Just recently, there was an article published in the CDT about how many storm-related deaths had occurred in the United States in 2011. Right next to it, there was another article talking about how planting trees and rebuilding forests would help save the environment by taking in CO2 and giving out oxygen. These articles go to show that as kind as nature is, it can be a destructive force as well. Similarly, humans cut down millions of trees every day, yet there are those trying to save the environment as well. The relationship between humankind and nature is one of love and hate: humankind is as hateful in its destruction of forest after forest as it is kind in its nature-lovers such as Barbara Kingsolver and Ralph Waldo Emerson. The converse is also true: nature is as destructive in its snowstorms as it is kind in providing a place for people to let go of their worldly desires.
Nature’s destruction of humankind can only be matched by its generosity. Natural disasters of the Earth, such as snowstorms and hurricanes, cause thousands upon thousands of deaths every year. Even nature-lovers such as Emerson acknowledge the fact that though nature is a refuge from society, it is not without its flaws. In a poem called Snowstorm, Emerson describes a scene where all human activity stops to stare at an enormous snowstorm. The mood conveyed by the poem itself is one of awe, but there is a flicker of annoyance and hate coming out of the gawkers as well. And indeed, this sense is justified, because farmland and possibly homes were about to get destroyed by the forces of nature. Weather-related deaths by nature are way too high, yet nature provides love too. Nature provides us with a place to go when societal pressure gets to be too much. Prominent Transcendentalist Henry David Thoreau argue this viewpoint in his work called Walden, where he stresses that to simplify, one must get away from society, and one of the best ways to do this was by going into the woods. Therefore, nature’s relationship with humankind seems to be one of equal hate/destruction, and equal love.
This relationship is mutual: humans tend to love nature as much as they destroy it with urbanization. According to Barbara Kingsolver in her book Knowing our Place, she shows that 50 percent of people in the United States live in cities; cities where wildlife once thrived and forests once stood. Kingsolver laments this destruction, because children will never connect with the nature as they used to do. However, as destructive as we are to nature, we love it unconditionally because we need it. Kingsolver stresses this fact, saying that humans need wild places such as forests to live and thrive. In addition, wildlife organizations have increased awareness of the general public’s destruction, and now efforts are under way to preserve nature and rebuild. We destroy nature with haste, but we preserve it and rebuild it with love and care.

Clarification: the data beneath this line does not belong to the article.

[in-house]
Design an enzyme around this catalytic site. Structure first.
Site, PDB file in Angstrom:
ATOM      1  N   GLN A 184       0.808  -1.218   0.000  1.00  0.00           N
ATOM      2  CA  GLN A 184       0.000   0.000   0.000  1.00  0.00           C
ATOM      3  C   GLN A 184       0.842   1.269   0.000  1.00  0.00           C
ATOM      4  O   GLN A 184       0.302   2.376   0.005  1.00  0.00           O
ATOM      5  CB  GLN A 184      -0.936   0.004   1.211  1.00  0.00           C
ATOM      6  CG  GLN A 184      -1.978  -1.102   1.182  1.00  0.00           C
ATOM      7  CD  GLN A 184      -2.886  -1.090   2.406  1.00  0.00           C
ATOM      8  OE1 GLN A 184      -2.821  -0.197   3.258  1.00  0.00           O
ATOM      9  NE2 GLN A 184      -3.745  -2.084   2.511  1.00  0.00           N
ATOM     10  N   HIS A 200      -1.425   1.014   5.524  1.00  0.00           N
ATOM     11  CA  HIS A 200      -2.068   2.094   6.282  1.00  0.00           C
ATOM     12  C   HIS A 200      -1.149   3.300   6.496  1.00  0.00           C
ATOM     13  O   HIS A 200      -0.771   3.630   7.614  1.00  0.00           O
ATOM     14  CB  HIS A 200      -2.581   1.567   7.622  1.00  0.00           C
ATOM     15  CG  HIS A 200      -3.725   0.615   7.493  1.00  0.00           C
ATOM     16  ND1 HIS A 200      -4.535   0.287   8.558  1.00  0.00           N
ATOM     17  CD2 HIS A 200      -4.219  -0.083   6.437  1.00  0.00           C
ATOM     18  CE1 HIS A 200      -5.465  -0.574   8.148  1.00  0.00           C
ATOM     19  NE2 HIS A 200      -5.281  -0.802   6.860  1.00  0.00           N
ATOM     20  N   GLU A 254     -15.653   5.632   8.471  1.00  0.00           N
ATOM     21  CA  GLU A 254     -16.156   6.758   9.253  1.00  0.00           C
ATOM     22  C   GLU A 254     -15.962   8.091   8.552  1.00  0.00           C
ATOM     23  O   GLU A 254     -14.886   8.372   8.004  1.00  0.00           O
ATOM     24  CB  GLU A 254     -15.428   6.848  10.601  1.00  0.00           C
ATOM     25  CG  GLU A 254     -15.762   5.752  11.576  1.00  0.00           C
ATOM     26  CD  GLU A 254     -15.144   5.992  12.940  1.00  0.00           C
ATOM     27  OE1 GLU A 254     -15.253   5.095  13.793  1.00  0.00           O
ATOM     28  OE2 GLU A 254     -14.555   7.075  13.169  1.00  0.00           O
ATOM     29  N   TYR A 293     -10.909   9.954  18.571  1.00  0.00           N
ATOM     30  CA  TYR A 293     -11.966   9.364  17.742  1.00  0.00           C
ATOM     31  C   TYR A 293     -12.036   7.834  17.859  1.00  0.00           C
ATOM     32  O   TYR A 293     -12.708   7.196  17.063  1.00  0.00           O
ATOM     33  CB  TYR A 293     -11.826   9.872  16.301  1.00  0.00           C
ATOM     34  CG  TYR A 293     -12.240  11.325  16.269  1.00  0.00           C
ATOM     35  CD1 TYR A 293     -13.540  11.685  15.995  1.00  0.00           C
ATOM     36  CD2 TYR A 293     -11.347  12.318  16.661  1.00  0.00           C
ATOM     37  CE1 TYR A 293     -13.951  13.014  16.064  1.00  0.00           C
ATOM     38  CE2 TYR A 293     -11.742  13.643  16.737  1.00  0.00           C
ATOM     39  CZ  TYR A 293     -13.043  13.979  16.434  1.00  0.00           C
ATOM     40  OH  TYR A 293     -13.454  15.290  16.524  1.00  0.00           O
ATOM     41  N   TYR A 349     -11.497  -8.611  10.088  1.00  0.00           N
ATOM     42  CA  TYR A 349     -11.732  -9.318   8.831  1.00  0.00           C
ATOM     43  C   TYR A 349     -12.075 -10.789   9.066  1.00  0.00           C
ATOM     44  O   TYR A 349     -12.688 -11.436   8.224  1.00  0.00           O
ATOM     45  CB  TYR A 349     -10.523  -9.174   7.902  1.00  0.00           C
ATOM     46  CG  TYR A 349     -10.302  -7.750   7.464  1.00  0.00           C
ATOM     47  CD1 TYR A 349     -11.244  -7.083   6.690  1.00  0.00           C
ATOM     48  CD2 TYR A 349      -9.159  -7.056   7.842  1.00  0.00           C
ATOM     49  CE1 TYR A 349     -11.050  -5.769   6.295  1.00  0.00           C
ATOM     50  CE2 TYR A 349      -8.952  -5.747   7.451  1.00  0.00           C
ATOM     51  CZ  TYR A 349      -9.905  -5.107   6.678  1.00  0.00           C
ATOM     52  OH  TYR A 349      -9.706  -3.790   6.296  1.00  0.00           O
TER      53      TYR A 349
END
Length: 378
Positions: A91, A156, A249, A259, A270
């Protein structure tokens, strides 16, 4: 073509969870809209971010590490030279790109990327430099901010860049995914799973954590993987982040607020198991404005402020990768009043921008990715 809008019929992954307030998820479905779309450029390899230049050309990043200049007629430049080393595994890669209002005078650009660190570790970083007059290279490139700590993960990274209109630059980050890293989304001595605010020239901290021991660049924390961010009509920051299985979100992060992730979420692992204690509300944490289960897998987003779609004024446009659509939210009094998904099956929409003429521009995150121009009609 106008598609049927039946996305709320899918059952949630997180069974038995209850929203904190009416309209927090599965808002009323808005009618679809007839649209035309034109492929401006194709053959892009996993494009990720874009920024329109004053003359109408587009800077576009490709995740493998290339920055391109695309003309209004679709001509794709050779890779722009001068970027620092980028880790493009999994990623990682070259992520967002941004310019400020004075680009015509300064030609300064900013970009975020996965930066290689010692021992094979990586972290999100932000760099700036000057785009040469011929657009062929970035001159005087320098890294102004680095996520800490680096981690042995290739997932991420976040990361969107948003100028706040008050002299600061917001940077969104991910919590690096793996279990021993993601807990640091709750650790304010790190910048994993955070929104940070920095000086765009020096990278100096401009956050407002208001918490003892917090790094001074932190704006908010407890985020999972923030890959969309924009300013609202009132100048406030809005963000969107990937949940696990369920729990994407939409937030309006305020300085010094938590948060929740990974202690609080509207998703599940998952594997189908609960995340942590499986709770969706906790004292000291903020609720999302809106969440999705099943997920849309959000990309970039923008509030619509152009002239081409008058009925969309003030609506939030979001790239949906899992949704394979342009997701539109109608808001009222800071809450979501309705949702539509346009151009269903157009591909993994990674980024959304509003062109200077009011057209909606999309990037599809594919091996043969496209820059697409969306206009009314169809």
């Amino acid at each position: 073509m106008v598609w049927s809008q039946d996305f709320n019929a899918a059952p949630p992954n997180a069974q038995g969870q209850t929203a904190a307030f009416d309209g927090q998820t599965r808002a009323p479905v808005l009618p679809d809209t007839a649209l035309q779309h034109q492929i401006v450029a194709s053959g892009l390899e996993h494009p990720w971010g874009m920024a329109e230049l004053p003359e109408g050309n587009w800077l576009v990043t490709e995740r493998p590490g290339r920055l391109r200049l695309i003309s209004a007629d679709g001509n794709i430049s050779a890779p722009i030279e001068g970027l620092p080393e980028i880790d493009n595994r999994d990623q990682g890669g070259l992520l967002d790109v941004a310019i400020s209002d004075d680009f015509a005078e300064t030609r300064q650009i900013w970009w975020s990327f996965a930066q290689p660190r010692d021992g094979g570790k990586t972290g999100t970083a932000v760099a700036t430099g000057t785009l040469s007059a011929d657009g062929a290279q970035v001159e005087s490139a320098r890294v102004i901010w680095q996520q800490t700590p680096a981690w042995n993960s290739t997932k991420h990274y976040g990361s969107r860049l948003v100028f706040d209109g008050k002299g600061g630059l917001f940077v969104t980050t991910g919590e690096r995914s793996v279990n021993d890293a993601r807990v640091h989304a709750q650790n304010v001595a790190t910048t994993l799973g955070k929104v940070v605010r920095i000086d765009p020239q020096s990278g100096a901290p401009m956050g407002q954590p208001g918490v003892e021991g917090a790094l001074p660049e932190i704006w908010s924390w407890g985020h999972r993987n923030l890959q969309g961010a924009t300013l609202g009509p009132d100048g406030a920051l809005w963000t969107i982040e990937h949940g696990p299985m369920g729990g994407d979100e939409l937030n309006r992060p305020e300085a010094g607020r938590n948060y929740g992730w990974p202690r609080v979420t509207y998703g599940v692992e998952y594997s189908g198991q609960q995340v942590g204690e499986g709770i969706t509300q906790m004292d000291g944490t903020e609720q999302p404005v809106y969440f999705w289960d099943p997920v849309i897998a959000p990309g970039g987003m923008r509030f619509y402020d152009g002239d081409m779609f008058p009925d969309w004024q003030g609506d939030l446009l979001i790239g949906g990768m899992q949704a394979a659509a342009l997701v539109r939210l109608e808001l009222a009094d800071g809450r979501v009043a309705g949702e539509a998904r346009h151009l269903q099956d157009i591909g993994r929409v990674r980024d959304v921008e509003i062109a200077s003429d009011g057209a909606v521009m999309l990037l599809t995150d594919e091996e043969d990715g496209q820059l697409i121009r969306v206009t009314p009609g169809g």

The mutual relationship between nature and humankind is one of love and hate. Humans are vulnerable to the natural disasters that wreak havoc and kill, but nature provides us with a peaceful place unlike any other. In addition, humans destroy forest after forest, but with the help of Transcendentalist writers such as Emerson, Thoreau, and Kingsolver, our awareness is increasing, and we are taking strides to preserve it and rebuild. Hopefully, as we progress in discovering how to minimize the effects of natural disasters as well as maximize our rebuilding efforts, our relationship will change from equal love and hate to a maximum amount of love, and no hate whatsoever.
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